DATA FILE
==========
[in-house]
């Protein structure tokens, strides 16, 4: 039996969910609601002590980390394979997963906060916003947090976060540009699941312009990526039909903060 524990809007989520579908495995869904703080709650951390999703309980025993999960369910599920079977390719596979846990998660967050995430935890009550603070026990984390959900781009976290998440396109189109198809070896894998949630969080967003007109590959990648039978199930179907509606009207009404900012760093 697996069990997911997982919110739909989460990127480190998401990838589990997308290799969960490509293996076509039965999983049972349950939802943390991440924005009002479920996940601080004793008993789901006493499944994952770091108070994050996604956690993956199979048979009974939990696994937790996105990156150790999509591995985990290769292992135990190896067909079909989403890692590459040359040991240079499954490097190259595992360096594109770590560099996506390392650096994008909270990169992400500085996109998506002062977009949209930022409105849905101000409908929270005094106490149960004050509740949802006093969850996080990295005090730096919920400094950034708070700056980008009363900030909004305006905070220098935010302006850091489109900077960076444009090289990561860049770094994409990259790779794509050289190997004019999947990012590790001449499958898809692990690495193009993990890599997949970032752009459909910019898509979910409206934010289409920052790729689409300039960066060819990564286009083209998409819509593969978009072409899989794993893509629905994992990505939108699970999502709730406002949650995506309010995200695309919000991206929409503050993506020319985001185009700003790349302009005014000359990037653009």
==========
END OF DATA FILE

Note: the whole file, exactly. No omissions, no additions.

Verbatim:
[in-house]
């Protein structure tokens, strides 16, 4: 039996969910609601002590980390394979997963906060916003947090976060540009699941312009990526039909903060 524990809007989520579908495995869904703080709650951390999703309980025993999960369910599920079977390719596979846990998660967050995430935890009550603070026990984390959900781009976290998440396109189109198809070896894998949630969080967003007109590959990648039978199930179907509606009207009404900012760093 697996069990997911997982919110739909989460990127480190998401990838589990997308290799969960490509293996076509039965999983049972349950939802943390991440924005009002479920996940601080004793008993789901006493499944994952770091108070994050996604956690993956199979048979009974939990696994937790996105990156150790999509591995985990290769292992135990190896067909079909989403890692590459040359040991240079499954490097190259595992360096594109770590560099996506390392650096994008909270990169992400500085996109998506002062977009949209930022409105849905101000409908929270005094106490149960004050509740949802006093969850996080990295005090730096919920400094950034708070700056980008009363900030909004305006905070220098935010302006850091489109900077960076444009090289990561860049770094994409990259790779794509050289190997004019999947990012590790001449499958898809692990690495193009993990890599997949970032752009459909910019898509979910409206934010289409920052790729689409300039960066060819990564286009083209998409819509593969978009072409899989794993893509629905994992990505939108699970999502709730406002949650995506309010995200695309919000991206929409503050993506020319985001185009700003790349302009005014000359990037653009």